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Piperi claims shot put American Junior record on Day 1 of IAAF U20 World Championships


Piperi claims shot put American Junior record on Day 1 of IAAF U20 World Championships


TAMPERE, Finland -- Team USATF represented well on the first day of 2018 IAAF U20 World Championships at Tampere Stadium, locking in USA’s first medal and 14 athletes qualify on to the next round.


Click here for results. Fans in the U.S. can watch live coverage on the Olympic Channel (also available online).


Men’s Shot Put

The top two junior throwers in the world went head-to-head in the first field event final of the Championships, and the matchup produced drama, an American junior record and the fifth and sixth farthest U20 throws all-time. After pre-meet favorite Kyle Blignaut of South Africa took the early lead at the end of round one with a 20.89m/68-6.5 toss, Adrian Piperi (Spring, Texas) steadily improved over the next two rounds to sit third at 21.01m/68-11.25 as the field was cut to eight competitors.


Nothing changed in the next round, but in the fifth, Piperi blasted the sixth best all-time throw, 22.06m/72-4.5, to break Jordan Geist’s American junior record by four centimeters and move into gold medal position. Two throws later, Blignaut went one centimeter better, uncorking a 22.07m/72-5 throw that moved him to No. 5 on the all-time world junior list. Piperi’s sixth-round 21.58m/70-9.75 was his second-best ever, but he couldn’t overtake Blignaut and claimed silver for Team USATF’s first medal of the meet.


Jordan West (Rahway, New Jersey) finished sixth with his opening effort of 19.86m/65-2, and had four straight fouls to close out the competition.


Women’s 3000m Steeplechase

In only her second career outing in the steeplechase, Michigan’s Alice Hill (Ann Arbor, Michigan) ran more than a 20 second personal best of 10:09.15 to finish sixth in the first heat and earn one of the time qualifier spots for the final. Kristlin Gear (Ft. Myers, Florida) of Furman clocked 10:09.08 on her way to qualifying for Friday’s final, battling Australia’s Brielle Erbacher for third place in heat two to earn the automatic qualifying spot.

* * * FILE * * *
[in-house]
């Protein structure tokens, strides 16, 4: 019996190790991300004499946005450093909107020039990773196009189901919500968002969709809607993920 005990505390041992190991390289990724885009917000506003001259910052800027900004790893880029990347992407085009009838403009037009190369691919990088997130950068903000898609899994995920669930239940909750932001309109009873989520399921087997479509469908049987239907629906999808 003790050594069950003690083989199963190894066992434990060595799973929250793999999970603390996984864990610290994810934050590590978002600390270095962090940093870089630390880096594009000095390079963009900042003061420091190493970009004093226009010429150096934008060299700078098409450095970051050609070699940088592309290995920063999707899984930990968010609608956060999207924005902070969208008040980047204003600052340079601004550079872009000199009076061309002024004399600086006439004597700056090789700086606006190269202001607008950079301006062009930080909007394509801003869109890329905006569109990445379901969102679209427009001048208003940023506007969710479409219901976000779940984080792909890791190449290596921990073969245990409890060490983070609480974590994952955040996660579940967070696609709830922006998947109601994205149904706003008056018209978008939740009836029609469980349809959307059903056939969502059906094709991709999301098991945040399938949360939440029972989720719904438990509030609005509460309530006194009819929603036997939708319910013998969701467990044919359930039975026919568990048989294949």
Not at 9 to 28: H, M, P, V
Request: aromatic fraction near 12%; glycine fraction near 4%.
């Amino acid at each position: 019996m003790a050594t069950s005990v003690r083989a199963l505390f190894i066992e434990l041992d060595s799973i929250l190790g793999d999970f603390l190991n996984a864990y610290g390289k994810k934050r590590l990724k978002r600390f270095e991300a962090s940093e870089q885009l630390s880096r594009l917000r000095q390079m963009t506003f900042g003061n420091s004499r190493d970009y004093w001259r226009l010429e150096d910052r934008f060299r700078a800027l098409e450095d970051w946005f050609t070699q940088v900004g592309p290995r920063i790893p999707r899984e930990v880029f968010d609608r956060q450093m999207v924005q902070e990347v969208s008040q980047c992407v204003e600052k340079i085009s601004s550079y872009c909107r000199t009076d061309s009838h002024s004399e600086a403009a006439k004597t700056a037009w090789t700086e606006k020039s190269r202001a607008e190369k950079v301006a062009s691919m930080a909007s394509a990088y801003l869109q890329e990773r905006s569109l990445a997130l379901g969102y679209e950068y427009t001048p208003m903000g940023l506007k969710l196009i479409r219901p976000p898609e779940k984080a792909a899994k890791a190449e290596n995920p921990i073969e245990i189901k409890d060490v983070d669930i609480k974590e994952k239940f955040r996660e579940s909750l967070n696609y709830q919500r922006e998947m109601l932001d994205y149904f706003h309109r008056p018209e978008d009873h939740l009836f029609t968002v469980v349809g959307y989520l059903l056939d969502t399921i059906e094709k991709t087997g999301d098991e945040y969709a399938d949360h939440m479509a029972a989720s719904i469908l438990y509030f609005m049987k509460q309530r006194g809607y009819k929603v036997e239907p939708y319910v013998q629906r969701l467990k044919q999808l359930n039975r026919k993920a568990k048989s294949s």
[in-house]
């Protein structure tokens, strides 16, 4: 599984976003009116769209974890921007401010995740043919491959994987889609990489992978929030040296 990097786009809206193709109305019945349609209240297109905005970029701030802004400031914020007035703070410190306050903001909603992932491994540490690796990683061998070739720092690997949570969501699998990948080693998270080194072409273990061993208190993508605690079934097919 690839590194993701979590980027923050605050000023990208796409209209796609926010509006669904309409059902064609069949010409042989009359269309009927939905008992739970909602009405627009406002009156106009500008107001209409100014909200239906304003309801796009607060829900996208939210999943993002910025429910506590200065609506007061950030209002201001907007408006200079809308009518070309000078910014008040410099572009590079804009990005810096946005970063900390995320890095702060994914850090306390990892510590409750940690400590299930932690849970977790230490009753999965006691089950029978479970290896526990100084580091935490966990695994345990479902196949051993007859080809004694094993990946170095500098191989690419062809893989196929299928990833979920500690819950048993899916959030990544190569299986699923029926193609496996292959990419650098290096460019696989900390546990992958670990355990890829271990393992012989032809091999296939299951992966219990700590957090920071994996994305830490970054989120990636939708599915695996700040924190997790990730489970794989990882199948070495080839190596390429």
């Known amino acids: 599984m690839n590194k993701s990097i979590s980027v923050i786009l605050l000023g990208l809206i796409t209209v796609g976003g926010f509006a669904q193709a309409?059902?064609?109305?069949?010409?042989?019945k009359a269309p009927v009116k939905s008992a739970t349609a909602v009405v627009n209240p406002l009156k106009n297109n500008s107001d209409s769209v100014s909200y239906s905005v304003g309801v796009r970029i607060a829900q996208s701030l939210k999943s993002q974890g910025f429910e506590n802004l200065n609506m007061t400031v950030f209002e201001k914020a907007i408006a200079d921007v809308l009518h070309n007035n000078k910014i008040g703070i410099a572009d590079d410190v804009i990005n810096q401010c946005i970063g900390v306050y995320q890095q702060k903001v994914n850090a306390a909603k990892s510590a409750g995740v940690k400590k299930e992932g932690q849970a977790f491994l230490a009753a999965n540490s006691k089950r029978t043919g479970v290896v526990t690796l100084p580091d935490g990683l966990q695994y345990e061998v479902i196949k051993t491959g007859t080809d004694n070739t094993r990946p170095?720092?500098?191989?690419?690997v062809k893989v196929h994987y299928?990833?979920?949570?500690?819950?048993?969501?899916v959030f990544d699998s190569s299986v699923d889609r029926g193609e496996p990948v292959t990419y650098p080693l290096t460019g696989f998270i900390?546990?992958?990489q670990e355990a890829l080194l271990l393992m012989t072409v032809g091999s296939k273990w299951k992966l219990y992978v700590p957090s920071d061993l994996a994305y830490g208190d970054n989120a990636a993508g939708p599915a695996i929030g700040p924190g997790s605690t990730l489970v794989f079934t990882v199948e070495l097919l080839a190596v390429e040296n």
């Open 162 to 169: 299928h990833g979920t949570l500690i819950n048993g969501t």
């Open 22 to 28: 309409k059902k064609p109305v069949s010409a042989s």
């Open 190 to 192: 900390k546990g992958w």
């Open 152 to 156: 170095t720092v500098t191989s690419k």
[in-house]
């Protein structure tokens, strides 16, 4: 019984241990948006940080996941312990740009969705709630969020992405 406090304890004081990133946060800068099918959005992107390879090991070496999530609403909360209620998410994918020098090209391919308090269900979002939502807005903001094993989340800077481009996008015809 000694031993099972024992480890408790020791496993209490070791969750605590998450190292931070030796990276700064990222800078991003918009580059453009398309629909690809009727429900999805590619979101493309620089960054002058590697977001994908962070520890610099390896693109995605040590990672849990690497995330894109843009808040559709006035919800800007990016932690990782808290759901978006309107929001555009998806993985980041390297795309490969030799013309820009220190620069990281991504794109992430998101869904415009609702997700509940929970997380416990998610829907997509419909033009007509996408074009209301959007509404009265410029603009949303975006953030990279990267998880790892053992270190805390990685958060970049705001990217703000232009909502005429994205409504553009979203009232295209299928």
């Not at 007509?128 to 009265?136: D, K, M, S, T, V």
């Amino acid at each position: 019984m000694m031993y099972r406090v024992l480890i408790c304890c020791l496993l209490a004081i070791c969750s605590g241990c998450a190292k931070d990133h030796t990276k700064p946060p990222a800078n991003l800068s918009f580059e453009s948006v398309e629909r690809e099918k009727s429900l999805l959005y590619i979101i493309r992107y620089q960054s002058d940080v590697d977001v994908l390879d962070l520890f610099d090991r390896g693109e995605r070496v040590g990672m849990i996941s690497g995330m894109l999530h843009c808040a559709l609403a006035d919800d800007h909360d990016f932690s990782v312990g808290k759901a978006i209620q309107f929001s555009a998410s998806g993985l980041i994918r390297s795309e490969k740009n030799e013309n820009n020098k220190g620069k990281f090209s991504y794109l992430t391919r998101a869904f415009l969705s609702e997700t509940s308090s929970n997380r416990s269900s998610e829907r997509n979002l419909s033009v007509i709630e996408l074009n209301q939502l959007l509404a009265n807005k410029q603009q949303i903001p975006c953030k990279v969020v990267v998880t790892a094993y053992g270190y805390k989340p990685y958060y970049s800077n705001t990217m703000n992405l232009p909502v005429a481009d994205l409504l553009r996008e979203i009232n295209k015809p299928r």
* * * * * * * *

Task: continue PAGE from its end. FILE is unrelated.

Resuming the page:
Women’s Javelin

Only one woman met the automatic qualifying standard of 53.50m/175-6, but Kansas high schooler Dana Baker (Olathe, Kansas) easily advanced with a throw of 51.09m/167-7 on her second attempt in the second flight. Maura Fiamoncini (Mount Carmel, Pennsylvania) of Bucknell ended up 14th overall with a best of 48.91m/160-5 in the first flight and did not advance.


Men’s 1500m

One of the toughest fields of the championships saw one of two Americans advance to Thursday’s final. Cooper Teare (Alameda, California), an NCAA finalist in the 5,000m for Oregon, had the fastest final lap in heat two with a 55.01 to grab the third automatic qualifying berth in 3:45.06. Notre Dame’s Yared Nuguse (Louisville, Kentucky) was eighth in heat three in 3:49.68 to finish 16th overall and miss out on the final.


Women’s 800m

Knowing that the top four in each heat would move on automatically to the semifinal, reigning World U20 champion Sammy Watson (College Station, Texas) of Texas A&M cruised to a 2:06.34 in the first heat to take third. Caitlin Collier (Jacksonville, Florida), owner of the fastest time in the field this year, won the fourth heat easily in 2:11.30 to join Watson in the semis.